f the home have not been determined by Habitat, the approval process should be completed by the group in early fall.
“Habitat for Humanity is a hand up, not a handout,” said Kent Adcock, president and CEO of Habitat, adding that the group has a qualification process that requires “sweat equity” homeownership for each project.
The Construction Academy’s Habitat project is a community project that is truly a collaborative effort.
The revamped Construction Academy was one of the top priorities of incoming Lake County Schools Superintendent Diane Kornegay, who mustered the construction industry to support an $866,000 grant from the state of Florida. Through the efforts of Kornegay and the Lake County School Board, LHS received the grant last summer. Lynnea Weissman, grant project manager for Career and College Readiness, was tasked by Lake County Schools to develop the construction program and institute Kornegay’s vision.
A great deal of the success of the project is owed to State Rep. Jennifer Sullivan and State Sen. Dennis Baxley, who championed the grant in the Florida Legislature.
Weissman assembled an advisory board of local leaders who committed to the program’s success by meeting monthly to help develop a career pathway for students in the construction trades. The board brought real world construction expertise to the academy and helps with mentorships, training, demonstrations and the development of soft skills needed for employment. The board also assisted in setting up the first Academy of Construction Technologies (ACT), which allows member construction companies to hire students for summer paid internships. Students in the LHS Construction Academy now have the opportunity to work in real construction jobs at very attractive pay rates. Plus, these students are seeing firsthand the lucrative jobs offered in the building trades.
Jasmine Jacobs held tightly to her 6-year-old daughter’s hand as they walked up to their new home together. Awaiting their arrival were some of the people who helped her become a first-time homeowner, including 11 seniors from the construction management academy at The Villages High School. The young builders stood proudly outside the brand-new home on Winners Circle in Lady Lake as it glistened in the sunlight Friday morning.—Rachel Stuart, The Villages Daily Sun
As the first graduating class, the success of the partnership between the Villages Charter School and Habitat for Humanity of Lake-Sumter was evident in the smiling faces of the new homeowner, students, teachers, and sponsors alike.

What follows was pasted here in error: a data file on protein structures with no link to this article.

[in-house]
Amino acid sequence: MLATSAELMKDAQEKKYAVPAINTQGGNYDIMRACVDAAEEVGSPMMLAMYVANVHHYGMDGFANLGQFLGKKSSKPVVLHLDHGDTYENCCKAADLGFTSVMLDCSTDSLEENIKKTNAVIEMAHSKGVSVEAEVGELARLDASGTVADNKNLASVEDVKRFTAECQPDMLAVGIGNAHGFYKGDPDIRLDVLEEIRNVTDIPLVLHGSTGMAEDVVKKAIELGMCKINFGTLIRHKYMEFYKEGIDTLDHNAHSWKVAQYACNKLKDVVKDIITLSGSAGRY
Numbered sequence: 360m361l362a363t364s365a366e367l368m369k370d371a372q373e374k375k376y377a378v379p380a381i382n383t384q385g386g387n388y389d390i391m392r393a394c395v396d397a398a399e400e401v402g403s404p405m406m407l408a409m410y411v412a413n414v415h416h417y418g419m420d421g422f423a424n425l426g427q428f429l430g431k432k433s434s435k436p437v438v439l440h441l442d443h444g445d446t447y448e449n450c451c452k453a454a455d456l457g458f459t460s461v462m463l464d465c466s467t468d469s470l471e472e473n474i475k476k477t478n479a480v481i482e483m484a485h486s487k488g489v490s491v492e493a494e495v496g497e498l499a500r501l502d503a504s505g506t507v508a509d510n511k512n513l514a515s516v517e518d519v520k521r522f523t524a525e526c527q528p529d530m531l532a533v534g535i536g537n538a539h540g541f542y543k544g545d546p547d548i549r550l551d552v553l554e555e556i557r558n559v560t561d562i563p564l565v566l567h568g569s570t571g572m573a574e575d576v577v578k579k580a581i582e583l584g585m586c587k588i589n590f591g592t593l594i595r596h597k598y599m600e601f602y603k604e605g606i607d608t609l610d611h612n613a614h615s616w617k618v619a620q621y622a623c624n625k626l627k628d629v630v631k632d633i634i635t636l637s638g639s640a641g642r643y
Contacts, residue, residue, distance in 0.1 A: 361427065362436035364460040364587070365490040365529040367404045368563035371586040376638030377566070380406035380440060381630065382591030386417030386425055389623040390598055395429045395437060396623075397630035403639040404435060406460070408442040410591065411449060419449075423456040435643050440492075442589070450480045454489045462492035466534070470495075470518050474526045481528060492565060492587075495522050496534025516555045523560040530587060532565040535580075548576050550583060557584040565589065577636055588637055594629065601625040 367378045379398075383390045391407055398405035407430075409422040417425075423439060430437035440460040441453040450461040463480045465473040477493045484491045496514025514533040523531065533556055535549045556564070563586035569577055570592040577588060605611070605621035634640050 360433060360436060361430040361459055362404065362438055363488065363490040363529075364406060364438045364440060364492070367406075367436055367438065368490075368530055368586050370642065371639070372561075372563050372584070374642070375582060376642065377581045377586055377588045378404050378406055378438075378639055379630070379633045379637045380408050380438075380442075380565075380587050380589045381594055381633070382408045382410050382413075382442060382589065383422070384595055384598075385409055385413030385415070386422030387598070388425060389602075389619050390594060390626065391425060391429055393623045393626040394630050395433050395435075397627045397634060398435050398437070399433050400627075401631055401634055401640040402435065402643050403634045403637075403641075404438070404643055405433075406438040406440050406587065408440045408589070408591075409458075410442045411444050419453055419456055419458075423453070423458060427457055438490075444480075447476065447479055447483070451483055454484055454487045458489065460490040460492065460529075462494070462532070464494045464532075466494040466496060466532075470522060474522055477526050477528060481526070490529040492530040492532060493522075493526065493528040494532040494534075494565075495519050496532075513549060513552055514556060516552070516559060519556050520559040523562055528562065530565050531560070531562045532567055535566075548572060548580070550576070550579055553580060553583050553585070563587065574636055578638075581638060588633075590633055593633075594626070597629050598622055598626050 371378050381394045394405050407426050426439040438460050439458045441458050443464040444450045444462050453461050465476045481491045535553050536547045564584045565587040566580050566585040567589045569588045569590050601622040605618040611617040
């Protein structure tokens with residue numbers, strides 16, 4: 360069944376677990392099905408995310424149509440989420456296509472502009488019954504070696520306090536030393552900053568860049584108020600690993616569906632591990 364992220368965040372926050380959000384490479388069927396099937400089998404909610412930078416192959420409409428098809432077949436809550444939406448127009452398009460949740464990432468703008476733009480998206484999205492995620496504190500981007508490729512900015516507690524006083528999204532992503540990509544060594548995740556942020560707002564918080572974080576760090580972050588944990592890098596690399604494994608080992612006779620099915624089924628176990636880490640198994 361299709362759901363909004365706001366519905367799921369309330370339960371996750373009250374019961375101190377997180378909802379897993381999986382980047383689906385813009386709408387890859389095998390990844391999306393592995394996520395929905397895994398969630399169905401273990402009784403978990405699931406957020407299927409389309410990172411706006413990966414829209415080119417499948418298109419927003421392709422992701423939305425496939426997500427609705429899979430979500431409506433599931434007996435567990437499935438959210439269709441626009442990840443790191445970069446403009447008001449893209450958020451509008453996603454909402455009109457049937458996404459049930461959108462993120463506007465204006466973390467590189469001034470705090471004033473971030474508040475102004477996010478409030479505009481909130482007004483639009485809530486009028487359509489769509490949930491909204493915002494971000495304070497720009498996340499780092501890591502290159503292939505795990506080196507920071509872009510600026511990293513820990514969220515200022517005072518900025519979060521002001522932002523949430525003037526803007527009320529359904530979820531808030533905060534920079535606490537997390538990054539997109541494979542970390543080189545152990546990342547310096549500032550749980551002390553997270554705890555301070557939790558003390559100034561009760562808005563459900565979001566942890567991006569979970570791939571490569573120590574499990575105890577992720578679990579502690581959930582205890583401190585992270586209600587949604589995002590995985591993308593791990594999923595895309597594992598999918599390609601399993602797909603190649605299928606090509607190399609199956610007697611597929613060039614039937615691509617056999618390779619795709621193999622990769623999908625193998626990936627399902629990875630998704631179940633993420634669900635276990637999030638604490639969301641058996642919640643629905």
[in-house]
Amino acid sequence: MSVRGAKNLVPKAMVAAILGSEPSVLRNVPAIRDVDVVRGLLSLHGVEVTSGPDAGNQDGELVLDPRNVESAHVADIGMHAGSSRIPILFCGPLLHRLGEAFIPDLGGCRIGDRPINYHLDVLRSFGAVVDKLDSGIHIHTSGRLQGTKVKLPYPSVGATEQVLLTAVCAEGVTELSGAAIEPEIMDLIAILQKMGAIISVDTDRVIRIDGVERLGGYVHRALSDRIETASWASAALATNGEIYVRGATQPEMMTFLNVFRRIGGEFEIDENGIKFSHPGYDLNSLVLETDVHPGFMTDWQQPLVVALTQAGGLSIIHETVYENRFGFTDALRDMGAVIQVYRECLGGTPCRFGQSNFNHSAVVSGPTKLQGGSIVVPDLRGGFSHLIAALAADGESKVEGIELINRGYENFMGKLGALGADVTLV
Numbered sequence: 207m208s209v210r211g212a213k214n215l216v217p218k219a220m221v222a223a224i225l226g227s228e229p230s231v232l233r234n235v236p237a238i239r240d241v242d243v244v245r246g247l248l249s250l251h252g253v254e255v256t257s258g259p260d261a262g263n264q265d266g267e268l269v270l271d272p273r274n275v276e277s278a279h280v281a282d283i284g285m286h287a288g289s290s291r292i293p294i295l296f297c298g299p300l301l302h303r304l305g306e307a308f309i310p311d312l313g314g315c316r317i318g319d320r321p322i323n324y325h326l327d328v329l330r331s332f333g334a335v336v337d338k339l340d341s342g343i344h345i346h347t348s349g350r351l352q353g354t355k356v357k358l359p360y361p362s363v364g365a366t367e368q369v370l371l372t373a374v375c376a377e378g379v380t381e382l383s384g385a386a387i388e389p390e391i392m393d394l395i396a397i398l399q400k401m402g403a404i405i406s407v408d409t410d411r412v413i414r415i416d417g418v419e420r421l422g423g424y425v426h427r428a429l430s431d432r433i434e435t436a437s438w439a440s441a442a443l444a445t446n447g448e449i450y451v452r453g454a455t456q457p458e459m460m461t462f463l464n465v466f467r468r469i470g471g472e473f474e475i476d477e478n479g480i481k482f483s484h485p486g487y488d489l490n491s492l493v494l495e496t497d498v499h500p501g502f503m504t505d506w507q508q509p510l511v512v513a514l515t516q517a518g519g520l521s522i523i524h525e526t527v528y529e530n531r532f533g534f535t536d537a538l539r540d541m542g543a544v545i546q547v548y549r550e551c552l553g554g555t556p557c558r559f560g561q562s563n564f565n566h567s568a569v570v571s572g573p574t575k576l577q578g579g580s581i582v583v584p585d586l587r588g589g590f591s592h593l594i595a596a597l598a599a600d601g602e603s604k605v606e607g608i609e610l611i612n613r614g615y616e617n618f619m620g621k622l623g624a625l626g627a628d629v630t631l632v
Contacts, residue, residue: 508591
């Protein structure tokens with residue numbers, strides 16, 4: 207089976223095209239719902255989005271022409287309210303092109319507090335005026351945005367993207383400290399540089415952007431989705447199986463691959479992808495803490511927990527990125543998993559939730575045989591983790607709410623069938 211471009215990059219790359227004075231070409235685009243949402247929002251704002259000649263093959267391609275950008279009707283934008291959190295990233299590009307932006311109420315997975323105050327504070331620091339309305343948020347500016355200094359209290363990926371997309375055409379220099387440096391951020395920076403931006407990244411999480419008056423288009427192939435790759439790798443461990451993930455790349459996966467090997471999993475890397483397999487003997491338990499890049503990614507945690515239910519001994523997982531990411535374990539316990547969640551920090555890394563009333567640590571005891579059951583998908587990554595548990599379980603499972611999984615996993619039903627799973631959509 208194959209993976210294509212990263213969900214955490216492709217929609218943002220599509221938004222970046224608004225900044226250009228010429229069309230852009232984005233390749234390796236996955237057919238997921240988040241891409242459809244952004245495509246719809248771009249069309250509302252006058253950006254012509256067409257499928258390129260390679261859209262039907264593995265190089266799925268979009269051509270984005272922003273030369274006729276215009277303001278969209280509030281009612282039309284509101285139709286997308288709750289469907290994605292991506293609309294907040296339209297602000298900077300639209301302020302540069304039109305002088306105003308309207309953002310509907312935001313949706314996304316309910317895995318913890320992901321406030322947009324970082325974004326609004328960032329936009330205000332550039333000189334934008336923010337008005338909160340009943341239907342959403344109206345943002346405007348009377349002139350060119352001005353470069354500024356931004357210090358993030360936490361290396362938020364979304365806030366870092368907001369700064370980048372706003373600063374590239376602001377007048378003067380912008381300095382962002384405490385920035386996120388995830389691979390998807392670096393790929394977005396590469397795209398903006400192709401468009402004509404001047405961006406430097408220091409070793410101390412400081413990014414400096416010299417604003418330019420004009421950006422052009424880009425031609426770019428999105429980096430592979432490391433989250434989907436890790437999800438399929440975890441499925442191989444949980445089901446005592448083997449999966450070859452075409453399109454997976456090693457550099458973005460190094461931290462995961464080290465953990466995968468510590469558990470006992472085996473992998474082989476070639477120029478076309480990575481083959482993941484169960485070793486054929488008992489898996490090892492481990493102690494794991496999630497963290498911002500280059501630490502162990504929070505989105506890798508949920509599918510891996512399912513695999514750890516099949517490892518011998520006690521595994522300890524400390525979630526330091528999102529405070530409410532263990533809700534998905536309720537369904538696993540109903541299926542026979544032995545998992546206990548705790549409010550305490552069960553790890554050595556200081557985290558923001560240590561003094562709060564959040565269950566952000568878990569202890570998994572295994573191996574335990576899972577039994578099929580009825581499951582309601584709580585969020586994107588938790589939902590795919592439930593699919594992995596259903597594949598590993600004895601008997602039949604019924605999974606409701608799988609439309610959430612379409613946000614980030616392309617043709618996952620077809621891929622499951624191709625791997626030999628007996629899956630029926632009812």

As the Youth Construction Academy expands to include Leesburg High School and over 70 new students; the success and growth of the Youth Construction Academy is due in no small part to United Way of Lake-Sumter. United Way has chosen Habitat for Humanity of Lake-Sumter to receive an education grant in support of the Youth Construction Academy.
The Villages Charter High School students worked alongside industry professionals, instructors, and Habitat Construction Manager, Barry Martin, to build the house as part of their capstone project; construction began in August with the students building as their first period class.
“They were able to hone their construction skills and get a realistic feel for the business,” said Bruce Haberle, instructor of the construction management academy. “It’s a team-building experience where they were able to give back to those who are less fortunate.”
United Way’s mission is to “advance the common good by focusing on education, income and health,” Habitat of Lake-Sumter and United Way share in the belief that these three things are the “building blocks for a good life—a quality education that leads to a stable job, enough income to support a family through retirement, and good health.”
Thanks to United Way of Lake-Sumter and their ongoing partnership with Habitat’s Youth Construction Academy, the graduating class will be the first of many students to gain experience, acquire employable skills, and engage in the social responsibility and community impact that shapes professional and personal development.
“It’s been amazing, and they’ve done a great job,” said Danielle Stroud, Senior Director of Development for Habitat for Humanity of Lake-Sumter. “We really hope they learned something along the way, which is the purpose of this partnership.”
Check out some photos from the dedication on our Facebook Page!
A local family soon will have a home with the help of 11 seniors from The Villages High School.
The students are building an 1,100-square-foot house in Lady Lake through the school’s Construction Management Academy’s partnership with Habitat for Humanity, a housing organization that works with communities across the nation.
On Thursday, the roof trusses were set on the house where the students have worn hard hats and climbed ladders four days a week since the beginning of the school year.
VHS Principal Bill Zwick stood at the construction site to observe and admire their hard work.